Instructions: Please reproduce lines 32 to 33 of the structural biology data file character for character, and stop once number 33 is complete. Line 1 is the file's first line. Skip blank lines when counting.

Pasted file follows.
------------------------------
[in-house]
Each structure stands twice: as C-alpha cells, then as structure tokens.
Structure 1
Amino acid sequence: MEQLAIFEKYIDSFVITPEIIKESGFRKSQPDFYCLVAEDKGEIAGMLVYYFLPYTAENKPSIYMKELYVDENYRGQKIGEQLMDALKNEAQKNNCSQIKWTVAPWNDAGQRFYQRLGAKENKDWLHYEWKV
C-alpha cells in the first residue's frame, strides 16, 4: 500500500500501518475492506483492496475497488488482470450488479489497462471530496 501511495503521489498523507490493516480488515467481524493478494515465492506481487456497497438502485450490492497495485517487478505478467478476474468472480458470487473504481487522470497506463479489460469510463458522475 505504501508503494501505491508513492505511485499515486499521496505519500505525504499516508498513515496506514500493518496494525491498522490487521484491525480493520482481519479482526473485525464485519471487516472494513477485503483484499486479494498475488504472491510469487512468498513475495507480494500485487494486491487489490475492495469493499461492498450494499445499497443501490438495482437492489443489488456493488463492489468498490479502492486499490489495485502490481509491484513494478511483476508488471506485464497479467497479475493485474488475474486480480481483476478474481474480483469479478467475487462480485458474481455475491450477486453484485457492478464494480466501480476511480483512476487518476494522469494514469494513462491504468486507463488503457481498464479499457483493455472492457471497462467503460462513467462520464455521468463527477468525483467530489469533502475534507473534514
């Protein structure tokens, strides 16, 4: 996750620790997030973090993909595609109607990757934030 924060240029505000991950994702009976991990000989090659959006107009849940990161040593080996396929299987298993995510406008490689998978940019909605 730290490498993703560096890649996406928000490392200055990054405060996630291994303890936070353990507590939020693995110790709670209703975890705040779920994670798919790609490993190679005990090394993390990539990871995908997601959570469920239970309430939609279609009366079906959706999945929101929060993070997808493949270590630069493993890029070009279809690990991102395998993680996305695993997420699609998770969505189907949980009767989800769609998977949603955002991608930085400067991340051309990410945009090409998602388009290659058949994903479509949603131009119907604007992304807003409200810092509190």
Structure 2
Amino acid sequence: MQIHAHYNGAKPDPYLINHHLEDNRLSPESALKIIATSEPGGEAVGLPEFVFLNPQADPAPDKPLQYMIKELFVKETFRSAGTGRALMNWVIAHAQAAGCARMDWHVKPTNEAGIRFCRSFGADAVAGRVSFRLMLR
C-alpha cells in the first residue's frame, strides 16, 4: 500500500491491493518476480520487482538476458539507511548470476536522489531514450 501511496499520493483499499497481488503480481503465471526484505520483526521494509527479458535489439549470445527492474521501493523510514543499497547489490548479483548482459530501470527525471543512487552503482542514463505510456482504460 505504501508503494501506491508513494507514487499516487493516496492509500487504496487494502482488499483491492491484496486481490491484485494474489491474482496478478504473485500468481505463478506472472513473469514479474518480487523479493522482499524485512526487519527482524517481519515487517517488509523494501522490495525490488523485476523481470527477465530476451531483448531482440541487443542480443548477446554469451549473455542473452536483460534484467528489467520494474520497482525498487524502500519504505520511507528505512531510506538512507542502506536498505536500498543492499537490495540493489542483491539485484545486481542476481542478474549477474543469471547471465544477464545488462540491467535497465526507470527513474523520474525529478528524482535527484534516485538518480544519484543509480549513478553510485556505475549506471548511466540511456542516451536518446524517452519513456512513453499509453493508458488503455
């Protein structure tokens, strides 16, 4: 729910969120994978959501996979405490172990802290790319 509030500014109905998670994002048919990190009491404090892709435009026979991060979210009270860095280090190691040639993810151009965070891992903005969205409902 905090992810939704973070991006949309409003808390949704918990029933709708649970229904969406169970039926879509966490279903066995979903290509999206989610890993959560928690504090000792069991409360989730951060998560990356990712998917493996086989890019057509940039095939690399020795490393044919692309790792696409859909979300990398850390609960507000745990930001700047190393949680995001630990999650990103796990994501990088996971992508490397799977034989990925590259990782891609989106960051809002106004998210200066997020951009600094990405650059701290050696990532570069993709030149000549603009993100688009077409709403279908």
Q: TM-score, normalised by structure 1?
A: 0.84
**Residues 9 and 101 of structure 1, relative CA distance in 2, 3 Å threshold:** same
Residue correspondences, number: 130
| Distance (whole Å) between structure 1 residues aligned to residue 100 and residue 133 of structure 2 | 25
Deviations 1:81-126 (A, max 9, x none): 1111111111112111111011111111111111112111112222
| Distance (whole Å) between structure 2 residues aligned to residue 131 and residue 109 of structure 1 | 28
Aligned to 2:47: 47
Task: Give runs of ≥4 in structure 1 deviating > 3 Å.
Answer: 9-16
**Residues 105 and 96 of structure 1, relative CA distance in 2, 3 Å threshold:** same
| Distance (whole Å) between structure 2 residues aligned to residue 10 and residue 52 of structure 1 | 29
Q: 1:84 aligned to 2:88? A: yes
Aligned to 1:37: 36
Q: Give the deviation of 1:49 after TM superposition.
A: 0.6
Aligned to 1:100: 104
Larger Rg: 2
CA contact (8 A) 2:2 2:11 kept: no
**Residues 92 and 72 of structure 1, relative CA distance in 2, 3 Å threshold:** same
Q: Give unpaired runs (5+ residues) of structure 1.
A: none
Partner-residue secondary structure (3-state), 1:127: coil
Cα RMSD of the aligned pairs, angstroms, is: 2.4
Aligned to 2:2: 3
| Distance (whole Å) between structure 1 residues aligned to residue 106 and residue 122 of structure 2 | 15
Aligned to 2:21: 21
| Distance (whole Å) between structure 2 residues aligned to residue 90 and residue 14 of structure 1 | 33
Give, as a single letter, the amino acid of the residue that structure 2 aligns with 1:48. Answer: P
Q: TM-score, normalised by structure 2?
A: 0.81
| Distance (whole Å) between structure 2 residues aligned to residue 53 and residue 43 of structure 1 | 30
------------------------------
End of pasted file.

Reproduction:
A: none
Partner-residue secondary structure (3-state), 1:127: coil